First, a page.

My raven couldn’t wait a second more,
ignoring my door,
rapping on my insecure mind,
finding routes inside,
tearing out the safe affirmations I had acquired,
since he last came knocking.
Darkness there and nothing more,
after the raven was done,
ripping down the reminders I’d left,
all across my life,
of the ways I was treasured,
the ways I was not measured,
in how often others think of me,
but HOW they think,
and WHAT they think,
because they do.
The raven smiles, and says they don’t,
but they do,
like I have often been,
was an unwelcome guest,
now tapping at my chest,
a forgotten rhythm,
that was once etched in my memory,
the saddest song,
but one I could never skip.
“For love is just a junior high version,
one way excursion.”
but soon delusional,
live and in concert,
plays the blues on my bruised ego.
“I’m sure that I am old enough
to fly alone.”
I’m never alone,
atoning for the sin of making someone else the sun,
blinding and essential,
but I am the same as always,
half asleep in a dark room,
desperate to journey back to dreams,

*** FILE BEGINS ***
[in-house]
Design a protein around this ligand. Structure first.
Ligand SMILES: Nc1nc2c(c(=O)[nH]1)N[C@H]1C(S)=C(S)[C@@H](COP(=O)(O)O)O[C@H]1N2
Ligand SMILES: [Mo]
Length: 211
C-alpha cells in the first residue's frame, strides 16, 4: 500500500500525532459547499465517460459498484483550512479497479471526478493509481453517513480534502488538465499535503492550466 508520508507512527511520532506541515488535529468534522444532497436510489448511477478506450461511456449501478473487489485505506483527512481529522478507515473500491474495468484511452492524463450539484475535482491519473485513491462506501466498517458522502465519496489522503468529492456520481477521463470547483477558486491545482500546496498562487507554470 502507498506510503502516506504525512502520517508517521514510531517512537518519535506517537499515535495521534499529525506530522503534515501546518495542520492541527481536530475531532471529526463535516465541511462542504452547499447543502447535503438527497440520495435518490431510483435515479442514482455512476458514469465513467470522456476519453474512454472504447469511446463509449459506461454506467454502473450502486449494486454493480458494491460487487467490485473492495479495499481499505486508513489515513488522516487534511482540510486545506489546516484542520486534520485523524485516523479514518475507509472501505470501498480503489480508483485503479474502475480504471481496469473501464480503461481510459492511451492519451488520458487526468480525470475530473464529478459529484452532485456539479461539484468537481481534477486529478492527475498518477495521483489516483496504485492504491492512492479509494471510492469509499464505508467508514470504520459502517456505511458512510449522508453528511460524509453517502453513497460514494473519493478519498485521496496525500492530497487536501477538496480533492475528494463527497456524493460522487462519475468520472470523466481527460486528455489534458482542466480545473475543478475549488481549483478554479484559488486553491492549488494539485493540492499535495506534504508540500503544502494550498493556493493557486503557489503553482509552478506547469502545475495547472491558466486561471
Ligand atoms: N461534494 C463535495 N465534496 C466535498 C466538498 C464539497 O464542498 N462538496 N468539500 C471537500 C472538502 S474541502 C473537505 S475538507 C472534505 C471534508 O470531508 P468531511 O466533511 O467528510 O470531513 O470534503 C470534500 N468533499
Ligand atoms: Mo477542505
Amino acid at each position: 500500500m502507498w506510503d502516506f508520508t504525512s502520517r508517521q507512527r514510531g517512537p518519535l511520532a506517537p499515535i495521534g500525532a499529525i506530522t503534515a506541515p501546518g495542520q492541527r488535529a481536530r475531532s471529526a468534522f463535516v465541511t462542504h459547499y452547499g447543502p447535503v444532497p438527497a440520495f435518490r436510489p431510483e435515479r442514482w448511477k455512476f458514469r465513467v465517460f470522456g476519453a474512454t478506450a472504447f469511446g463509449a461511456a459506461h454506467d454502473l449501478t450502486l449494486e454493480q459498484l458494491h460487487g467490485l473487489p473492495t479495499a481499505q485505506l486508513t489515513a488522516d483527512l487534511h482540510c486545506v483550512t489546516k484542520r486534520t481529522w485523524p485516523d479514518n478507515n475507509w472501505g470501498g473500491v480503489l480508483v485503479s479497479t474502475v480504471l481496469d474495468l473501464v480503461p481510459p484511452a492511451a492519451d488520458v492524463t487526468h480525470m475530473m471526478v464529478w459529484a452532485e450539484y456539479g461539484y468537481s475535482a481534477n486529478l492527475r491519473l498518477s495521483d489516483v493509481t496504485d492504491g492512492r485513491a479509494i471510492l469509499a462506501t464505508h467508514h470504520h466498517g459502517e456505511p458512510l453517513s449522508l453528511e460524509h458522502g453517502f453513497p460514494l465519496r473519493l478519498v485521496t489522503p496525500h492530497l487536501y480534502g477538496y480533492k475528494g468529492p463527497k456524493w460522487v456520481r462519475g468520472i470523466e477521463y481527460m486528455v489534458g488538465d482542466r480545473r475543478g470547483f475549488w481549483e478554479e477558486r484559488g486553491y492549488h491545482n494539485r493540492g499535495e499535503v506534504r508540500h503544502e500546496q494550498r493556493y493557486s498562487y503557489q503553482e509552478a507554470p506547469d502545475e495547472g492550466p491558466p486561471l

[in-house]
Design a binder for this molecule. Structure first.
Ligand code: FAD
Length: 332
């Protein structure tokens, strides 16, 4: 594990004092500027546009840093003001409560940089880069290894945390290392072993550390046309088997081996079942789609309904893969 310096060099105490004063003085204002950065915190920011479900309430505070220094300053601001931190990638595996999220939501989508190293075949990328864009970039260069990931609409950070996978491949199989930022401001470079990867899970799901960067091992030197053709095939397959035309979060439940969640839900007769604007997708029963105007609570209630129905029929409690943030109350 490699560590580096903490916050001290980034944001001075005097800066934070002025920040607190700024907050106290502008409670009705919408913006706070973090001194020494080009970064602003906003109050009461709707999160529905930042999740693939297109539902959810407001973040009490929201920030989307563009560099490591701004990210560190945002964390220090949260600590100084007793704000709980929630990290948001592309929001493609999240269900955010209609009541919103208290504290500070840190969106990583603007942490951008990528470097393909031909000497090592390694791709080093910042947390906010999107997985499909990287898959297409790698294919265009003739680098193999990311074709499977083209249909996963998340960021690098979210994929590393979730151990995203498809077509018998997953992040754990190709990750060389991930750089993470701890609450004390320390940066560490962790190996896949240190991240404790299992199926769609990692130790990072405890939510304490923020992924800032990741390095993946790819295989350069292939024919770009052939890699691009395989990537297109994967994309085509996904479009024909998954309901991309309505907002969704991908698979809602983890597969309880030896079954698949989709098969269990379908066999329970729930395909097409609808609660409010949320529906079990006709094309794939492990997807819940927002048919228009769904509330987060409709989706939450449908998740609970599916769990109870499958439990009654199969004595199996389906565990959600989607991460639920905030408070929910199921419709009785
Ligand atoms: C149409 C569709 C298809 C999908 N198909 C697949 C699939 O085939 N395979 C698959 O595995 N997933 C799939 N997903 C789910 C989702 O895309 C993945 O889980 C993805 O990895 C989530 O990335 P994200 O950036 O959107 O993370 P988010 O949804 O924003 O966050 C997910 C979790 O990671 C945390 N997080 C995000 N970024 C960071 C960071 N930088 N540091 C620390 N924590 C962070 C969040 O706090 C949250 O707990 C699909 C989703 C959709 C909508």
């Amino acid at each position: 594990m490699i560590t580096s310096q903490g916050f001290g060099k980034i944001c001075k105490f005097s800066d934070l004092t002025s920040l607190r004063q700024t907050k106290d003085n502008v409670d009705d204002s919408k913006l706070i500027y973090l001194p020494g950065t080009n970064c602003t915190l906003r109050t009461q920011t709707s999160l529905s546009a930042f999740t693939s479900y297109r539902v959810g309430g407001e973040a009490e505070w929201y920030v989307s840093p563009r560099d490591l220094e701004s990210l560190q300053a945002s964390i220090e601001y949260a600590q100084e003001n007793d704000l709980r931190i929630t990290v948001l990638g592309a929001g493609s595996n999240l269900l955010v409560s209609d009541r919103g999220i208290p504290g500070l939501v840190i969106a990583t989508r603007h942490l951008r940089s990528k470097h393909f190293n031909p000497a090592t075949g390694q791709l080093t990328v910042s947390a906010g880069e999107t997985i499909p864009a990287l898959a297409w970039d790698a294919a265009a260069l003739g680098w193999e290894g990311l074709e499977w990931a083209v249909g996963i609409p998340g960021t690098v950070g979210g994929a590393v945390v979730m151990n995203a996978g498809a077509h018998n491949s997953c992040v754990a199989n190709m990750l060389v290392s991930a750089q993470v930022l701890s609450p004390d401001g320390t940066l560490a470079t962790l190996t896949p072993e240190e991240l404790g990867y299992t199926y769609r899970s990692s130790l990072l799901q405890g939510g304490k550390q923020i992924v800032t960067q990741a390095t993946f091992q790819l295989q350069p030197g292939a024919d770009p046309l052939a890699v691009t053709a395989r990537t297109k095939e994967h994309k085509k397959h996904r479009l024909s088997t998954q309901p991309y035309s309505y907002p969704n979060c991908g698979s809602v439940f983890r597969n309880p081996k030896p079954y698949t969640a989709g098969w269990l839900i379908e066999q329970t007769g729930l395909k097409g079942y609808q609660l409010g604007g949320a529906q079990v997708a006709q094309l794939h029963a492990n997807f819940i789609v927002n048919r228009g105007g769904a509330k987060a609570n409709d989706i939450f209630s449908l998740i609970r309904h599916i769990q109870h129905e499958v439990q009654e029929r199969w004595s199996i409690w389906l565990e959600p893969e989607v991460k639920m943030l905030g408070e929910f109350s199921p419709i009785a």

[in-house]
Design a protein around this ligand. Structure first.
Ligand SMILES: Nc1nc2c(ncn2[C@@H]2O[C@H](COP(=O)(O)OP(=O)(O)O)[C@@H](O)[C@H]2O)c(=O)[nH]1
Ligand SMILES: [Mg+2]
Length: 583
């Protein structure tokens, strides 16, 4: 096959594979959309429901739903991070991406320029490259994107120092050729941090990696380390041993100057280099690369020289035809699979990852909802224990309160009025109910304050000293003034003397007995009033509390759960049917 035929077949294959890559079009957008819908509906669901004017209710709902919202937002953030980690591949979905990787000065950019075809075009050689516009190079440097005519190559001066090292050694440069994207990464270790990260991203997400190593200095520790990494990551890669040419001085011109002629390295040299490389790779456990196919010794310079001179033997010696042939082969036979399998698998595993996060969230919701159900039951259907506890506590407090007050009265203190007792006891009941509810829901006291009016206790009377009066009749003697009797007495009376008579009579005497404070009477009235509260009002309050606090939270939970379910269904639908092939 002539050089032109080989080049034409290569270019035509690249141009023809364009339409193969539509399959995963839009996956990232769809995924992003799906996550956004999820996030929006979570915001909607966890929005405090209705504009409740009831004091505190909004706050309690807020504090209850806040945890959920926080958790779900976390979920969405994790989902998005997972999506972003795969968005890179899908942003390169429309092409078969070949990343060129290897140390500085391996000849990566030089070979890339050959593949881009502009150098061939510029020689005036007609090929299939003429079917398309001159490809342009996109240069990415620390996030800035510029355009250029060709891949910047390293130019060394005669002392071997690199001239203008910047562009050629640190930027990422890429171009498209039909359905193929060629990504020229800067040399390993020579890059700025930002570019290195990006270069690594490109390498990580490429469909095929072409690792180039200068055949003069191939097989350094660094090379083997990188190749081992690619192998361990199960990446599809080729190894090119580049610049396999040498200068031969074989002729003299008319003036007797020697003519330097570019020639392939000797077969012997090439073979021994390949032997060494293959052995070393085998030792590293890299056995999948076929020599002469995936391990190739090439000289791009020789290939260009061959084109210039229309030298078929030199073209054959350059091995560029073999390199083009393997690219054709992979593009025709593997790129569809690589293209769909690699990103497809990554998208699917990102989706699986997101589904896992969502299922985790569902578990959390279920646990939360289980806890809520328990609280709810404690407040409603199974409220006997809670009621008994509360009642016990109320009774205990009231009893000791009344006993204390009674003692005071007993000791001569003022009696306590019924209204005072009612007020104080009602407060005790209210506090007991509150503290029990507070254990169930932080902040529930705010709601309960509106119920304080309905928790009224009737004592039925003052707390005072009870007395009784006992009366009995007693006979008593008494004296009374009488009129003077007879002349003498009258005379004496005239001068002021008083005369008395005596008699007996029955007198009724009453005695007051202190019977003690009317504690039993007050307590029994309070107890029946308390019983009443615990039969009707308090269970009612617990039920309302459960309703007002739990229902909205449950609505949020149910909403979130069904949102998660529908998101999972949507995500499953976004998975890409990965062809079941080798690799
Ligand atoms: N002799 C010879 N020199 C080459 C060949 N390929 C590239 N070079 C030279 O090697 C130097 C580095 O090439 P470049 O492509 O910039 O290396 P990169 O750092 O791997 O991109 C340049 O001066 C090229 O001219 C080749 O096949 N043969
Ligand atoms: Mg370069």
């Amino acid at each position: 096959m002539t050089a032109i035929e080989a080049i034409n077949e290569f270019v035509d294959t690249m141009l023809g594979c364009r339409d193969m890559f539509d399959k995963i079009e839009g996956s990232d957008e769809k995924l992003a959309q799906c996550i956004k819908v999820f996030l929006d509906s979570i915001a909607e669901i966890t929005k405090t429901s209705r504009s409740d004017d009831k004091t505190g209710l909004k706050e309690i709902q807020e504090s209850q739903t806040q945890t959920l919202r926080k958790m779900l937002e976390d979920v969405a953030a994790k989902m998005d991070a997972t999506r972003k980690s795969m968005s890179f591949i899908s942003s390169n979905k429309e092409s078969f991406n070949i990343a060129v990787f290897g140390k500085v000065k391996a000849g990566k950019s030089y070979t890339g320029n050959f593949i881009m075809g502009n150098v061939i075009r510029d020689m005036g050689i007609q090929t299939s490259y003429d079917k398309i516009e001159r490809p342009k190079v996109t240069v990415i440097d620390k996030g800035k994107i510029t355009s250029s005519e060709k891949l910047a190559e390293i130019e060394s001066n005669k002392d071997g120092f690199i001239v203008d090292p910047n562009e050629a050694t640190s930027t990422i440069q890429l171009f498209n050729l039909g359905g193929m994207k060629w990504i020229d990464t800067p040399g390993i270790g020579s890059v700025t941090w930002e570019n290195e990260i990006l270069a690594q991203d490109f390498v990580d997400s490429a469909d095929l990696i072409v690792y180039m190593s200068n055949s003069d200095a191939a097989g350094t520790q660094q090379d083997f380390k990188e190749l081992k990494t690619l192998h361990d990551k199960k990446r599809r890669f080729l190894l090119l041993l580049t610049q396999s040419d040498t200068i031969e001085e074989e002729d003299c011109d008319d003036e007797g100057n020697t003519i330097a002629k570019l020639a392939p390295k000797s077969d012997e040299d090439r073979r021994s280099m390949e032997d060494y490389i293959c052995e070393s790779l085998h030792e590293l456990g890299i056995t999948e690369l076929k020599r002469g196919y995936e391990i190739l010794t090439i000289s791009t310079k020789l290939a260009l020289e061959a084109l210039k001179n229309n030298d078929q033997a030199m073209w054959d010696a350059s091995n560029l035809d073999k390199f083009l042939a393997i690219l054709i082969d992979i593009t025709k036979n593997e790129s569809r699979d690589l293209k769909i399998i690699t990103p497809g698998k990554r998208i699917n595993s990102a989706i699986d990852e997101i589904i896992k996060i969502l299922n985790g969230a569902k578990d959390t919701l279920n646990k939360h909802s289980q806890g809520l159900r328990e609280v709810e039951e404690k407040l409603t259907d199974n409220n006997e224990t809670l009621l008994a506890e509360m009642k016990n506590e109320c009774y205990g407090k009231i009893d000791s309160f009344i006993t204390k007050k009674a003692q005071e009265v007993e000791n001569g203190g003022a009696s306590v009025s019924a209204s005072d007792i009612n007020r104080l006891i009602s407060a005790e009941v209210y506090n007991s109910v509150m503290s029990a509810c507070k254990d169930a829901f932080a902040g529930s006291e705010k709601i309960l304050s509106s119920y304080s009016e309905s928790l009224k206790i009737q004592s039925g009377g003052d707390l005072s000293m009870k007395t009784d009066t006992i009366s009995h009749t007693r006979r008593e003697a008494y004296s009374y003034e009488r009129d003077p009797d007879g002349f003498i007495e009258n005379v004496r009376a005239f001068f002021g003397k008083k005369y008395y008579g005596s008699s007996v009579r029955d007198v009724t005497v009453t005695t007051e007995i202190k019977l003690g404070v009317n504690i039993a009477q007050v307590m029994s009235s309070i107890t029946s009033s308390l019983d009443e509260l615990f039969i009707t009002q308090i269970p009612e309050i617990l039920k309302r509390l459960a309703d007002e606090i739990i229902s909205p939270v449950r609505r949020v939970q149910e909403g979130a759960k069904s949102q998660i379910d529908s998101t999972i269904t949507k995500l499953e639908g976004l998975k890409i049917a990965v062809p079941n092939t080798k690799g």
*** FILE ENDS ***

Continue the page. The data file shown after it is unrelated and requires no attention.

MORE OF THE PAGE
but seen by a spectre,
smug ebony bird,
who smiles and beguiles me with gossip.
Tea at Two PM,
by the window sill,
with an empty notifications screen,
as my sole companion sits upon my shoulder.
I nod in agreement,
despite not knowing what he means,
such is my undying devotion.
Devoted to all manner of things,
and all kinds of disasters,
desiring peace but finding pleasure in never being free to forget,
the shade of blue,
that I painted my study,
the two of hearts I keep framed on my desk,
a broken ruler, dressed in yellow and green tape,
a flurry of texts I look upon fondly,
my Leo Lenore.
The raven says,
and I’m not even angry,
in a sublime fashion,
planning trips to paradise,
where I can bask in the glow of someone I call my burning sun.
The raven lights a match.